Please welcome Rep. Alan Grayson in the comments. And don’t forget to reward good behavior — you can donate to Rep. Grayson’s campaign here — jh

You probably know Alan Grayson for his greatest hits collection on YouTube. It was his questioning of Fed Vice Chair Donald Kohn that alerted the public to the fact that the Fed had a $1.2 trillion slush fund, and they wouldn’t reveal where the money was going. Then there was his famous grilling of Citi’s Vikram Pandit, where he called the deal made with Citi "the worst deal since Manhattan was sold for $24 in trinkets."

There are a lot of big outstanding questions about the banking crisis, and the best way to handle it. Is there any way to save the system without shoveling a bazillion dollars to the bankers who destroyed it? How do we reduce the influence of banking lobbyists who still seem to be in charge of writing our legislation? What regulatory changes to the system need to be made, and is there any appetite to do what needs to be done? And now that everyone from Chris Dodd to Richard Shelby to Bernie Sanders is on Donald Kohn’s case, is there any chance the Fed will cough up the list of banks it has been shoveling cash to?

Rep. Grayson has been looking into the dicey transactions of Maiden Lane, the "bad banks" set up by the Fed so AIG and Bear Stearns could unload their toxic assets. A lot of people are getting rich because the situation is as complicated as it is opaque. And he’s one of the few people demanding real answers, rather than simply scolding bankers during hearings before cashing their checks.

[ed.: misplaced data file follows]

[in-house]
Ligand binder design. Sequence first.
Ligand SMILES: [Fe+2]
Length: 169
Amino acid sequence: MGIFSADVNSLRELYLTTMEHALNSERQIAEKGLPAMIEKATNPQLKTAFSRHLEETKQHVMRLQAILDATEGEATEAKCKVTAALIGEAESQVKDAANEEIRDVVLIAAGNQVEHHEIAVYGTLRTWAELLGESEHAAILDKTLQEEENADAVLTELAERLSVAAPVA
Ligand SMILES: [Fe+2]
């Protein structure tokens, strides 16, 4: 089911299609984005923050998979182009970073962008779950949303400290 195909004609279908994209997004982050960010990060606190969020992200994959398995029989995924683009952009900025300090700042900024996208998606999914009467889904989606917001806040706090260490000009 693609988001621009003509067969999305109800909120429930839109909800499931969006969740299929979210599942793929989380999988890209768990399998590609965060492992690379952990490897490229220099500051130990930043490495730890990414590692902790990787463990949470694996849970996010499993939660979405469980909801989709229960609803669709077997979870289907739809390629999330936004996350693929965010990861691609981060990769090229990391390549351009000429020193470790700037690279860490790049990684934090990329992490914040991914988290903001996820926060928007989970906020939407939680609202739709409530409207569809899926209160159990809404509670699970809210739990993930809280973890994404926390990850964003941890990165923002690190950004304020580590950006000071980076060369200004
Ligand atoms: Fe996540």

There really doesn’t seem to be any limit to the brazen lawlessness of these bankers who have been told they’re "too big to fail" and thus accountable to no one. This morning, Citi was manipulating stock ratings for political purposes, and Pandit made up a bunch of earnings so the stock shot up.

We hope to talk about all that and possibly more as we welcome Rep. Grayson to FDL.

And, don’t forget: Tell members of Congress that you want them to take action. We will be delivering your comments to Congress in the coming week.